Jan 29, 2015
A Safe Place

abbyfunk-head.jpgBy Abigail Funk

Is your athletic training room a place where athletes feel safe from homophobia? The majority of high school athletic trainers have witnessed homophobic behavior in their athletic training rooms, according to a study presented at the Sport, Sexuality, & Culture Conference last week.

The unique conference was hosted by the Ithaca College Department of Sport Management & Media and brought together a wide spectrum of people involved in athletics. The full program can be found here.

In a session titled Athletic Trainers, Sport Medicine Professionals, & LGBT [Lesbian, Gay, Bisexual, Transgender] Issues, Leah Washington, MS, ATC, Athletic Training Education Program Instructor at the University of North Carolina-Greensboro, presented a study called The Athletic Training Room as a Safe Space for Gay and Lesbian High School Athletes.

Washington and her colleagues asked 32 full-time Washington, D.C.-area certified athletic trainers to complete a 10-minute survey asking 27 questions related to witnessing homophobia among student-athletes in the athletic training room. Though more than 70 percent of the athletic trainers reported seeing homophobic behavior, when asked if they felt they created a safe space in the athletic training room, every respondent indicated they did. Washington concluded that although the athletic trainers felt they were creating a safe environment in their athletic training rooms, the high rate of homophobic behavior indicates those athletic trainers could not have been creating as safe an environment as they thought they were.

“Most athletic trainers think, ‘Oh yes, I welcome all of my athletes–of course this is a safe space,'” Washington said. “It’s hard to get them to see that they aren’t really serving everybody when they think they are. Some athletic trainers are over confident. They don’t know what they don’t know.”

Washington and others at the conference session are calling for more research in this area, and more importantly, a better effort from athletic trainers. Because many student-athletes see athletic trainers as someone to go to with a personal problem–someone to bridge the gap from the sports world–Washington says it is your duty to create a safe environment for every single student-athlete that comes through the athletic training room doors.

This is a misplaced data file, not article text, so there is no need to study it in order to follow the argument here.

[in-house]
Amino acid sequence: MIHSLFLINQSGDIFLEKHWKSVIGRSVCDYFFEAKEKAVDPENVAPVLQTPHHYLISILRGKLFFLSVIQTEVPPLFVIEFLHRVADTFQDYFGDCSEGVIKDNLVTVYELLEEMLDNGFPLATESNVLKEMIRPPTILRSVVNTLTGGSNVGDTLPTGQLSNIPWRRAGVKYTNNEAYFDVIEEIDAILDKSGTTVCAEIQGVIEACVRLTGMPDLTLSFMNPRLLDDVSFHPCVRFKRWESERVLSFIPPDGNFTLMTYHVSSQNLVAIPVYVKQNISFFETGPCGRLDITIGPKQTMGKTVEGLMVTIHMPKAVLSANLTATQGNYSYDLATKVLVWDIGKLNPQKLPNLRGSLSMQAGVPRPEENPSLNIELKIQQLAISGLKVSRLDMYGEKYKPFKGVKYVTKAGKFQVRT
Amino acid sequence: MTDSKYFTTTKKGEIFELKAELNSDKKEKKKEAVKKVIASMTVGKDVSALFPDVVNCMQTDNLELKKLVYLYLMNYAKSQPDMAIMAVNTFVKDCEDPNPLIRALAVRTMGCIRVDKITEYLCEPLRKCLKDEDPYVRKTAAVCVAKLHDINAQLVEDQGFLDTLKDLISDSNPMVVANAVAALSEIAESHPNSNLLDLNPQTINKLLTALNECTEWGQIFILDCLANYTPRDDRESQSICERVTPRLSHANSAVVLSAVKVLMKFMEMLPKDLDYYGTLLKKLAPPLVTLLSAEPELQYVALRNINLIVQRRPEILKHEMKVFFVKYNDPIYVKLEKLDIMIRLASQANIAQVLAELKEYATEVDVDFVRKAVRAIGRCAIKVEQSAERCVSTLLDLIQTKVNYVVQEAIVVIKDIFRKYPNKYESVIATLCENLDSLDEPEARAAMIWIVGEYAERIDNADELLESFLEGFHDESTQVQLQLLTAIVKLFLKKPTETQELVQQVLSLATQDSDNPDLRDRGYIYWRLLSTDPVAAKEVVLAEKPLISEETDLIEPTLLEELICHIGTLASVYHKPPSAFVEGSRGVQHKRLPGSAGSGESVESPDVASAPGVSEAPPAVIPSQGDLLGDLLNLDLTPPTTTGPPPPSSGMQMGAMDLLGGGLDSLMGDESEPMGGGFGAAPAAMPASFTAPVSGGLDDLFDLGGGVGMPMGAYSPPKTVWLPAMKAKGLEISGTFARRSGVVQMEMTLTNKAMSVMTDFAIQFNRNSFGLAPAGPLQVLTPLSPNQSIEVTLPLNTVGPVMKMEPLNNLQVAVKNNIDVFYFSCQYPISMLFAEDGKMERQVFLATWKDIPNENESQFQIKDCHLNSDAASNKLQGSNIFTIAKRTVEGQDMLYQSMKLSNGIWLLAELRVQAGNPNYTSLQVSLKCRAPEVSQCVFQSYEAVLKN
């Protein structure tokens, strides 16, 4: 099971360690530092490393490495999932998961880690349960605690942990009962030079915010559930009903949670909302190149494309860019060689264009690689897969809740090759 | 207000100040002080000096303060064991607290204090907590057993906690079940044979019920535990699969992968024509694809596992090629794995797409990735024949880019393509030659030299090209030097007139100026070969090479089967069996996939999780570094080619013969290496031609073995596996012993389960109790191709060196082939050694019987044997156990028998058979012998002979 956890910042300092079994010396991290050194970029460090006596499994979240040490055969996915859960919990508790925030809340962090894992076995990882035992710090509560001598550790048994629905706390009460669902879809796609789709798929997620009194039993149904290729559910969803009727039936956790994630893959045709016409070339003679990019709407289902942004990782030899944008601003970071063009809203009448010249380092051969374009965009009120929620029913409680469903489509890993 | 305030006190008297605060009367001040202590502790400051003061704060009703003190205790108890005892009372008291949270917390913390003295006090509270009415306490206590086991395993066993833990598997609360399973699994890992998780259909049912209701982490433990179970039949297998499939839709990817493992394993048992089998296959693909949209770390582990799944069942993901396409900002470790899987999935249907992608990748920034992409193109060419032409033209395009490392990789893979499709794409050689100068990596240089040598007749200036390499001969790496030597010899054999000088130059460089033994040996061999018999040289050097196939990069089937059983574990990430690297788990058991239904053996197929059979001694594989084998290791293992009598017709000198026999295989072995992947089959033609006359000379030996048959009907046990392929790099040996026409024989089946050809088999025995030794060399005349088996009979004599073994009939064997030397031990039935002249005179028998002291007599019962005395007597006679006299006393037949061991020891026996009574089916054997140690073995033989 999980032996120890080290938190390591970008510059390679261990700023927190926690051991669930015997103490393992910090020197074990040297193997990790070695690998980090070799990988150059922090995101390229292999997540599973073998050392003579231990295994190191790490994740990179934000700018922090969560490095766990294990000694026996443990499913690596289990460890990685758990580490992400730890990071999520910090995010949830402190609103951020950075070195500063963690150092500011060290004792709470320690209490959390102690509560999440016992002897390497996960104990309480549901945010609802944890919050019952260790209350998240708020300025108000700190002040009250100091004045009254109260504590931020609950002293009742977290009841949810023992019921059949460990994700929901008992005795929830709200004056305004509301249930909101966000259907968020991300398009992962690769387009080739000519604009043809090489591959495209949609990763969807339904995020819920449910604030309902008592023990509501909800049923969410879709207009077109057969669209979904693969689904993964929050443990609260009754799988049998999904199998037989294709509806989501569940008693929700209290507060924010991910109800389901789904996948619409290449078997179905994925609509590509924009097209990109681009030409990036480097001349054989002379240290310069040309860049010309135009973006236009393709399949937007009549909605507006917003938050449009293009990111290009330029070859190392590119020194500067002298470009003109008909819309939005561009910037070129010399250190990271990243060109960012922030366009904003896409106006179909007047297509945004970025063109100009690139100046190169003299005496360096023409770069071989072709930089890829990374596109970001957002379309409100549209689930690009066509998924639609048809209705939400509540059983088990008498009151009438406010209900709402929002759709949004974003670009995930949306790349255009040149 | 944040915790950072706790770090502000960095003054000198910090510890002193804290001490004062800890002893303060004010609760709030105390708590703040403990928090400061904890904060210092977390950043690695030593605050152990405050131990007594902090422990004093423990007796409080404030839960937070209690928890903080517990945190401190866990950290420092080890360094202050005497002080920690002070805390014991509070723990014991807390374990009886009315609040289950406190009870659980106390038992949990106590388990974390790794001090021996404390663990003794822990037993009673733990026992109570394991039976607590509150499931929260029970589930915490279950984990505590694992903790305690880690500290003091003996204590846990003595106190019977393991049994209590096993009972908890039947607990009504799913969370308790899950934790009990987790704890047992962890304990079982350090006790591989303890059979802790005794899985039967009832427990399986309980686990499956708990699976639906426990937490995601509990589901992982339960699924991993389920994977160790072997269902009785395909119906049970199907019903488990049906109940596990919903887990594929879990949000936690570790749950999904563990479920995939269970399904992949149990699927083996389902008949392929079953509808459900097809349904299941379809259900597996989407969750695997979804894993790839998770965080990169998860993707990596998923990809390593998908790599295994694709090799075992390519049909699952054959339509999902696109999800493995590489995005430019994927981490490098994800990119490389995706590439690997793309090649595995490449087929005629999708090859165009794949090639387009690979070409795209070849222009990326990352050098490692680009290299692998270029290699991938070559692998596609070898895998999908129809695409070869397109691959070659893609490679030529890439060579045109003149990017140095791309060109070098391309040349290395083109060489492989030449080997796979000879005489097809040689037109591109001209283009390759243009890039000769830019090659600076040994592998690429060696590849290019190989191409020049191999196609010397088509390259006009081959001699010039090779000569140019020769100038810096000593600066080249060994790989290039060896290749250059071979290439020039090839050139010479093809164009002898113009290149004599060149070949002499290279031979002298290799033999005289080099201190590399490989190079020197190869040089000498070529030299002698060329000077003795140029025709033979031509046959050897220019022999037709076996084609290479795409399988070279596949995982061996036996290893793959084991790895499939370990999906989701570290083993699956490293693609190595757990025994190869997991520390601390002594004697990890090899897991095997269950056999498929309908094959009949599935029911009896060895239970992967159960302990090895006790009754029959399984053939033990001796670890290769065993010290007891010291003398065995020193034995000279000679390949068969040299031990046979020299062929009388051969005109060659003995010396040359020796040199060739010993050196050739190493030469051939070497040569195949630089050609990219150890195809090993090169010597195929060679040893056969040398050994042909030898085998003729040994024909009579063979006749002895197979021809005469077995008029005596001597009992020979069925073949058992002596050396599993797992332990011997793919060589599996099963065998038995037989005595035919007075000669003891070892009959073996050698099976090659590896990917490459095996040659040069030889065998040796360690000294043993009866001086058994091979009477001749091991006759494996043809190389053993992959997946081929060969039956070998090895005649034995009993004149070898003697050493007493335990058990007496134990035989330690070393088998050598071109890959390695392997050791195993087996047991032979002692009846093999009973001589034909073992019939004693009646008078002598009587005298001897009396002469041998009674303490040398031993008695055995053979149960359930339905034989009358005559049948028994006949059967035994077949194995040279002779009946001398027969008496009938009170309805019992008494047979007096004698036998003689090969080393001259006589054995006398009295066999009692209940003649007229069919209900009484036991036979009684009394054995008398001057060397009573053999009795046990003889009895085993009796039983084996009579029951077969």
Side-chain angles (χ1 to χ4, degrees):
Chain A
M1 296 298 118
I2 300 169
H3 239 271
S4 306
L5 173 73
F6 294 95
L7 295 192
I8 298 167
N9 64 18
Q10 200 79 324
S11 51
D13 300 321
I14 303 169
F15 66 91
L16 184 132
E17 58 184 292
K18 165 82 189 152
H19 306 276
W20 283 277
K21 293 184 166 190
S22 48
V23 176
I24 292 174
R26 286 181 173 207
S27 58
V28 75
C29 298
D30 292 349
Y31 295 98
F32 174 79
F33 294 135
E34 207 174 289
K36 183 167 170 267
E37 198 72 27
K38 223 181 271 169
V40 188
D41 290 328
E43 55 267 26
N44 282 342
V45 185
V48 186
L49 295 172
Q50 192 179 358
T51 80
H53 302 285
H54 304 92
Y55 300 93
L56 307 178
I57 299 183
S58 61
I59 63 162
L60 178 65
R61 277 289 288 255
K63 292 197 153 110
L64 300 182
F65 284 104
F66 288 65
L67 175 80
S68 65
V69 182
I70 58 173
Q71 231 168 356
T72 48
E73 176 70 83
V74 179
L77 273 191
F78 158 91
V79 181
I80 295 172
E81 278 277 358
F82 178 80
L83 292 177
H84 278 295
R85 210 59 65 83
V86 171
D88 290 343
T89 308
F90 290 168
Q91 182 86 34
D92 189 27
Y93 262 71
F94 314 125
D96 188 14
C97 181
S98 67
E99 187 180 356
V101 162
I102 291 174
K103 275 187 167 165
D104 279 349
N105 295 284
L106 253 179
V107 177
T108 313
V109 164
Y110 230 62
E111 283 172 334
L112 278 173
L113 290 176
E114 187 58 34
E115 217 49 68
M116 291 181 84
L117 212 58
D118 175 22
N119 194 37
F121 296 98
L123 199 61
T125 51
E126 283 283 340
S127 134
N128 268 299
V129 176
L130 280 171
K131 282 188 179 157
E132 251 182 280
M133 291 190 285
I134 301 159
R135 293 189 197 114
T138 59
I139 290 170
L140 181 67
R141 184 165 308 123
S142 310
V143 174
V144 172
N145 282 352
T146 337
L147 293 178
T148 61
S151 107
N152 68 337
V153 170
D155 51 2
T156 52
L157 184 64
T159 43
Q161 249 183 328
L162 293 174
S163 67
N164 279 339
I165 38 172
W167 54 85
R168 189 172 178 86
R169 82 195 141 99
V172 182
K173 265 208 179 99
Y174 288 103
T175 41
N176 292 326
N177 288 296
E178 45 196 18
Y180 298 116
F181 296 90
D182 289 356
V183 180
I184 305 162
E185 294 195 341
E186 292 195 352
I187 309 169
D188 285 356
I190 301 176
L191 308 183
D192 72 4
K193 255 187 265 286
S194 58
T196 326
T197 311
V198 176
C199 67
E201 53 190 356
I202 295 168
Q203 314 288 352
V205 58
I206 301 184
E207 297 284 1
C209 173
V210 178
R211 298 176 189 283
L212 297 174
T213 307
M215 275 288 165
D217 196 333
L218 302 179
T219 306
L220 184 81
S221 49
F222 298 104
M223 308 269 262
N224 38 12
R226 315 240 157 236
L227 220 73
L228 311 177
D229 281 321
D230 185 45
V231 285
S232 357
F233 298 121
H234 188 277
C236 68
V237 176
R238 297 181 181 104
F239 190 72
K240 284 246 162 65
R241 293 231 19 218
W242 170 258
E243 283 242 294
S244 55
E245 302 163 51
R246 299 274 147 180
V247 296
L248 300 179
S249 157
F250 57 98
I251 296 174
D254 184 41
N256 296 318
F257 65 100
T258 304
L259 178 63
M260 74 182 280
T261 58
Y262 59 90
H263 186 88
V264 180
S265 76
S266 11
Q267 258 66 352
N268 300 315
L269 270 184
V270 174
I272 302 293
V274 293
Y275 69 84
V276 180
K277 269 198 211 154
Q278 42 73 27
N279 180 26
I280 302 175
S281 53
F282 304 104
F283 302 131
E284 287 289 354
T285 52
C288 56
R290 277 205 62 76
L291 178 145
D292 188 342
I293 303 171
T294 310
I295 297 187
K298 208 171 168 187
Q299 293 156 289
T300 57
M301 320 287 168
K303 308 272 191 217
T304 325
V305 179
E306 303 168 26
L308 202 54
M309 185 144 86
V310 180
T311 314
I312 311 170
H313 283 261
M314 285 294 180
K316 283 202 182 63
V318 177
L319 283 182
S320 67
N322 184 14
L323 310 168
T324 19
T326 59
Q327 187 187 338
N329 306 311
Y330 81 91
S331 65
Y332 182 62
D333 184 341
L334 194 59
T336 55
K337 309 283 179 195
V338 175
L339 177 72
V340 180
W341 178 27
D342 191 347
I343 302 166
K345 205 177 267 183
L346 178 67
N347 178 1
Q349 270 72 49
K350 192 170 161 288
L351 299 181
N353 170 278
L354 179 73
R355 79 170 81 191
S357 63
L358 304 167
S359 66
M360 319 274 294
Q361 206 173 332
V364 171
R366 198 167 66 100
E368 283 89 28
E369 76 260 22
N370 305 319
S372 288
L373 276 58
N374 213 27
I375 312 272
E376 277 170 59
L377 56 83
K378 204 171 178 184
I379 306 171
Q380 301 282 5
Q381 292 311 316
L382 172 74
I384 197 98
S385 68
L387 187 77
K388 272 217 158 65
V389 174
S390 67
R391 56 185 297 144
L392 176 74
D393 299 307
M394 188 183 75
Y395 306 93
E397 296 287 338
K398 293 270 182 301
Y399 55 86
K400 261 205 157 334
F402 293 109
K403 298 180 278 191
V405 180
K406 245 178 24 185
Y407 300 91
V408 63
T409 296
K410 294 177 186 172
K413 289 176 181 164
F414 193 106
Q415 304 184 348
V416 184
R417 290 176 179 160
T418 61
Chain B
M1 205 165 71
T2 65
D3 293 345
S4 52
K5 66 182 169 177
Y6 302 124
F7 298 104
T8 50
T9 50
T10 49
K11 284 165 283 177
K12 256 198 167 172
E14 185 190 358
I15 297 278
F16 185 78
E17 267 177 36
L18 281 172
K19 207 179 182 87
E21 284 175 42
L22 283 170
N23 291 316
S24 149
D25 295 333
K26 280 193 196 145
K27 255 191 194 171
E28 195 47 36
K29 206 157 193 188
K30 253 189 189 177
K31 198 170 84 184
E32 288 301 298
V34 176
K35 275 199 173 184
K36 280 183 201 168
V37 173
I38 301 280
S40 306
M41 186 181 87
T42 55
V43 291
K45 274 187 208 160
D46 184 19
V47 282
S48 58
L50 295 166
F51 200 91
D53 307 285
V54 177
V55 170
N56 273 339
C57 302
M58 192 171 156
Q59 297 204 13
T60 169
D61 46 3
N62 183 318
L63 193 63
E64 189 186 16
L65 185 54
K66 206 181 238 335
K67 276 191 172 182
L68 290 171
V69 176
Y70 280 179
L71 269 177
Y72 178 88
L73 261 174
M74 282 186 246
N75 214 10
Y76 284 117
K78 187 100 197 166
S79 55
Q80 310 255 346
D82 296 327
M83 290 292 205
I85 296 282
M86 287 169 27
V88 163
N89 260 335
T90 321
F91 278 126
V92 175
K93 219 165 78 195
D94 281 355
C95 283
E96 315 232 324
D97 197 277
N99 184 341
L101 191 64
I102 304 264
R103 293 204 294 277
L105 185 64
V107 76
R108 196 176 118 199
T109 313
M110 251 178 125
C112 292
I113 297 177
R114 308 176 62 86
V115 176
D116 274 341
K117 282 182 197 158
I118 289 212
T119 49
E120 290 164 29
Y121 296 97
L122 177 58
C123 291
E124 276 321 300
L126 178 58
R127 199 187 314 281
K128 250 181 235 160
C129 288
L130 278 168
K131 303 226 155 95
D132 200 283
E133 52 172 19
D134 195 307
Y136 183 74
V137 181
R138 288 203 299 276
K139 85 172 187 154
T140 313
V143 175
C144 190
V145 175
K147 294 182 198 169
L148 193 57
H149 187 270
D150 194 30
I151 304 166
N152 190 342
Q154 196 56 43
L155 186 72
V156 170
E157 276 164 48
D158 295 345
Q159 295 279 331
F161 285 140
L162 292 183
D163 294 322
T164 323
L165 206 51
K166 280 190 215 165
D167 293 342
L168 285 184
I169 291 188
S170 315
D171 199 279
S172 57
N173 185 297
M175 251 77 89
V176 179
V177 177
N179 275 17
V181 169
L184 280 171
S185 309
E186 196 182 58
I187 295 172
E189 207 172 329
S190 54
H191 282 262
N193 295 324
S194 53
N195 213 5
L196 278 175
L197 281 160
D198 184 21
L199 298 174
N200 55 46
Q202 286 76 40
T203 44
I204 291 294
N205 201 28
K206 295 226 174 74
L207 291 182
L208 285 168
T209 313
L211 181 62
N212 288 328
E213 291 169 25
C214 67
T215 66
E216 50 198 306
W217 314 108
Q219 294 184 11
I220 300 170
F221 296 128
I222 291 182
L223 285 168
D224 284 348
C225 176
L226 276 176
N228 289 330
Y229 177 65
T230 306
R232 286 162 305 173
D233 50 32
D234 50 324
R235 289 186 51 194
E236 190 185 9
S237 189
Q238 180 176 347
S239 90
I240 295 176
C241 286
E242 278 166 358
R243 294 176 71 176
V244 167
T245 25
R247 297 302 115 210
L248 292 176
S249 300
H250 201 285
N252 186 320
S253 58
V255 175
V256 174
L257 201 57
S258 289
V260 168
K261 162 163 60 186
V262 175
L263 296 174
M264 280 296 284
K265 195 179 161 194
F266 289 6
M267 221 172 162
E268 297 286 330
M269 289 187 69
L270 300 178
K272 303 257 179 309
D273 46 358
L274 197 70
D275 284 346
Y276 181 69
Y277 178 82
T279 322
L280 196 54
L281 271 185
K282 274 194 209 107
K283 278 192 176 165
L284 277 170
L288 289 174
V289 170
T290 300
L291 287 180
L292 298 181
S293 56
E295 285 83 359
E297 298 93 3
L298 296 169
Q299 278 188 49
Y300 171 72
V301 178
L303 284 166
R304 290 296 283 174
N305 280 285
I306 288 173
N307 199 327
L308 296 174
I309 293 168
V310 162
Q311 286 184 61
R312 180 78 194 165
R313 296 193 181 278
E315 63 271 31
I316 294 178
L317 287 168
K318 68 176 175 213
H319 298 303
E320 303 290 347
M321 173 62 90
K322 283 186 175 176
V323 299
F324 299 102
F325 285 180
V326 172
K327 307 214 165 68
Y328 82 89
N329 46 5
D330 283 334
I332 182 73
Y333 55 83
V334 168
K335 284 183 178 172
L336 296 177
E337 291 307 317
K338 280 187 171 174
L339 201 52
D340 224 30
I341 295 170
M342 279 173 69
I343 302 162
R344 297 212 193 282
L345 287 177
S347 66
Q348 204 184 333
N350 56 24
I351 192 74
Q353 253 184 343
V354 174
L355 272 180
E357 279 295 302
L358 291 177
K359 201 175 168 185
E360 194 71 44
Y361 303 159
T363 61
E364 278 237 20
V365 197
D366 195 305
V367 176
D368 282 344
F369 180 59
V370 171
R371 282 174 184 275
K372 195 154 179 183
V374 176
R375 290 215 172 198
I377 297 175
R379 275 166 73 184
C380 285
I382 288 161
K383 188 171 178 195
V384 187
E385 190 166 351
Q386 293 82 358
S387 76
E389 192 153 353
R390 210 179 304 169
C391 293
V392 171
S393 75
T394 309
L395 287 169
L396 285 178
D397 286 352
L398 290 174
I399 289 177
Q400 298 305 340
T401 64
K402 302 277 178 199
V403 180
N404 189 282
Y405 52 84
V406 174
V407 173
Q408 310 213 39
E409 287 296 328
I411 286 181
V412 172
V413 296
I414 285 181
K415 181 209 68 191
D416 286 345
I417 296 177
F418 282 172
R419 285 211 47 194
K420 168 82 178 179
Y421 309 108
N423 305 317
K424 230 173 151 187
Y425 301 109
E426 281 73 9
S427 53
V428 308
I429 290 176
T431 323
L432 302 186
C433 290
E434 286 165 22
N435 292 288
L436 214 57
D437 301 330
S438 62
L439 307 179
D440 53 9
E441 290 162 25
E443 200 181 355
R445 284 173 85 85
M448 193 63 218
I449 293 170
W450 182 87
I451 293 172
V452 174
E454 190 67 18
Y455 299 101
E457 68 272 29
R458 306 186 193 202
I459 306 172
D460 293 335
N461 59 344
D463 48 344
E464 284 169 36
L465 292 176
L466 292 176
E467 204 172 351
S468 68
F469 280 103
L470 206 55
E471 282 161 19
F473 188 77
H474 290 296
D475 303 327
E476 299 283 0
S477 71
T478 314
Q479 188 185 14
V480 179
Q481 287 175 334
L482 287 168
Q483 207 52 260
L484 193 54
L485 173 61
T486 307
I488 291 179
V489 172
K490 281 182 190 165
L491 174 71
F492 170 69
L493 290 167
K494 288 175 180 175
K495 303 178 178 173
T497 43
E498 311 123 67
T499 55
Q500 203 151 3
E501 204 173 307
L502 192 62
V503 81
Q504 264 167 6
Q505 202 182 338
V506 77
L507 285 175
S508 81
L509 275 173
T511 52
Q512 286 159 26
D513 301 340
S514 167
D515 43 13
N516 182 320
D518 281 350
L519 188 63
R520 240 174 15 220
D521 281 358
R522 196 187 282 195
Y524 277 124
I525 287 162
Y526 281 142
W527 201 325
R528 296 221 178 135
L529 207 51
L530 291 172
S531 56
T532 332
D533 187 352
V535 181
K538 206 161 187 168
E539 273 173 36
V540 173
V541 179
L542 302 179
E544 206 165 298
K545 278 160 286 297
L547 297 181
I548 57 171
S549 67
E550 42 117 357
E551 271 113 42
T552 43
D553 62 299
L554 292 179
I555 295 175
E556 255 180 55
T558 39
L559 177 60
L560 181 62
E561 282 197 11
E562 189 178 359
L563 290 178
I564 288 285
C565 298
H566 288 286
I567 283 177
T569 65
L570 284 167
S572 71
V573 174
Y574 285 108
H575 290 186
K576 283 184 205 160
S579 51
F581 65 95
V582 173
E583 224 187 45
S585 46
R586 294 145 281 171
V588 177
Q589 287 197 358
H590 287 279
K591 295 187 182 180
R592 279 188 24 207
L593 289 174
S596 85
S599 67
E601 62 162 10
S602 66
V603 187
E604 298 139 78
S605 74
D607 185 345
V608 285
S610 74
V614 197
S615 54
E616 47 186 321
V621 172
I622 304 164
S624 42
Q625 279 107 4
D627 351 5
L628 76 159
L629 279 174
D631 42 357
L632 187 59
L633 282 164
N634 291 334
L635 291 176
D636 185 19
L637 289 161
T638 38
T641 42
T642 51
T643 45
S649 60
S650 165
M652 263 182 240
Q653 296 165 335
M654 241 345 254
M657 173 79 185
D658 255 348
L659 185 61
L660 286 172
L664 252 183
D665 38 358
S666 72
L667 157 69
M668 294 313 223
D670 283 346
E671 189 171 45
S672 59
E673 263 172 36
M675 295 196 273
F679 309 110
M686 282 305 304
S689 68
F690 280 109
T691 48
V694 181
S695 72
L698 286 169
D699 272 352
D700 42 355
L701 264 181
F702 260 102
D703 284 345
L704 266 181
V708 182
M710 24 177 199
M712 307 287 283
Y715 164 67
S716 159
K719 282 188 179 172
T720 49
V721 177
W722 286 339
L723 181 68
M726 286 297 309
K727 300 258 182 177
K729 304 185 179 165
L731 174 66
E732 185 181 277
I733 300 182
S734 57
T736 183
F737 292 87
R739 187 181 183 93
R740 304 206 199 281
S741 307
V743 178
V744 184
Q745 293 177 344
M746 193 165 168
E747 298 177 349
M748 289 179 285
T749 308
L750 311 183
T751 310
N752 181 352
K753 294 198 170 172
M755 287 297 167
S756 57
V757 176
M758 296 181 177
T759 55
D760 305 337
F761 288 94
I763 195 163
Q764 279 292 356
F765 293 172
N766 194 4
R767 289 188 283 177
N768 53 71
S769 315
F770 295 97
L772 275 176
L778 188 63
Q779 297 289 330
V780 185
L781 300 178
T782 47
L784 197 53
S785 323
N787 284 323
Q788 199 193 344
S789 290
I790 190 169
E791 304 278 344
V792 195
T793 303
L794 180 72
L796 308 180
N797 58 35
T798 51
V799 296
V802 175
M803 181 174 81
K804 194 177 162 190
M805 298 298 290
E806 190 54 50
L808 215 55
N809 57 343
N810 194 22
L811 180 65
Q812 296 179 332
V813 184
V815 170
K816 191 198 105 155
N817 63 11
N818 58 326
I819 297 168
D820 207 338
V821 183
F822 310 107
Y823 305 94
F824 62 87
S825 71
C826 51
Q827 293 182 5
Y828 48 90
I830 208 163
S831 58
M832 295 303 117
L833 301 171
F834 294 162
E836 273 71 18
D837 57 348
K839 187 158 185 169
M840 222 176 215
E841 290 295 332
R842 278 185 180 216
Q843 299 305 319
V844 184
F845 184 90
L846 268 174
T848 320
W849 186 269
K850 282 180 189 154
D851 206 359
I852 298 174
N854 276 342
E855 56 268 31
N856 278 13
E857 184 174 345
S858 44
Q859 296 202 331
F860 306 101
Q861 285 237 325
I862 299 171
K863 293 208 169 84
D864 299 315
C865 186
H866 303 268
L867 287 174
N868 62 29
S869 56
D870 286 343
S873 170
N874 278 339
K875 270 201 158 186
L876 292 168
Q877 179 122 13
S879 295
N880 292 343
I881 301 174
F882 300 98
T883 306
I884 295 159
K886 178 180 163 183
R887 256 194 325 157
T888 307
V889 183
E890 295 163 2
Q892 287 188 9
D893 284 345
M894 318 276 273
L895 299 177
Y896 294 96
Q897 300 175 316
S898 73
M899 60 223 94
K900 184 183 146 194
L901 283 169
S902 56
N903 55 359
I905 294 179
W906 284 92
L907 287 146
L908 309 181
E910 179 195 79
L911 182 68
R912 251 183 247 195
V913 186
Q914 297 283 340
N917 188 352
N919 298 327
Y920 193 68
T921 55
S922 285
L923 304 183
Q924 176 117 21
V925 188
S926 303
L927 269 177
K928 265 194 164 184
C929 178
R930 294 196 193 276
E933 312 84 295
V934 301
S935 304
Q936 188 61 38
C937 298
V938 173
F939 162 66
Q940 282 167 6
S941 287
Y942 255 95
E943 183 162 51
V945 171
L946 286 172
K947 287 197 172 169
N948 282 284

T&C published an article titled Out in the Open in April 2007, which put forth a few ideas for creating a safe environment for student-athletes in your athletic training room. The prevailing advice to athletic trainers was not to just sit back and say that yes, you welcome everyone, but rather to take an active role in showing you’re willing to be there as a supporter.

“Homophobia needs to be addressed directly with your assistants, graduate assistants, and anyone else who works with you,” said Jenny Moshak, MS, LAT, ATC, CSCS, Assistant Athletic Director for Sports Medicine for Women’s Athletics at the University of Tennessee. “Here at Tennessee, we talk about it during our athletic training staff retreat at the beginning of every year. My message is that in our department, every student-athlete will be served equally and not judged because of their talent, gender, ethnicity, sexual orientation, or anything else.”

To illustrate her position, Moshak has created a “diversity window” covered with stickers on the glass separating her office from the athletic training room. “I have a rainbow sticker representing gay pride, and I have the symbols for male and female,” she says. “I also have stickers representing different religions, and a handicapped sticker. Without saying anything, I’m telling people what I stand for and that our athletic training room is a safe place.”

Abigail Funk is an assistant editor at Training & Conditioning.


A Safe Place, Sexuality in Sport, and Back to the Mat – well done!
These issues and topics are the last hurdle to non-discriminatory
practices in Athletics. And it’s not just student-athletes who are
afraid to come out… it is the staff too, who often are not protected by
tenure like faculty are.

I have seen what my friends and family have gone through during
participation and working in athletics… and first hand, as a single
female in Athletics! Thank you for putting some light on this topic.

Aimee M. Brunelle, MS, ATC, EMT
Head Athletic Trainer/Adjunct Faculty – Physical Education Studies
Jamestown Community College
Jamestown NY 14701

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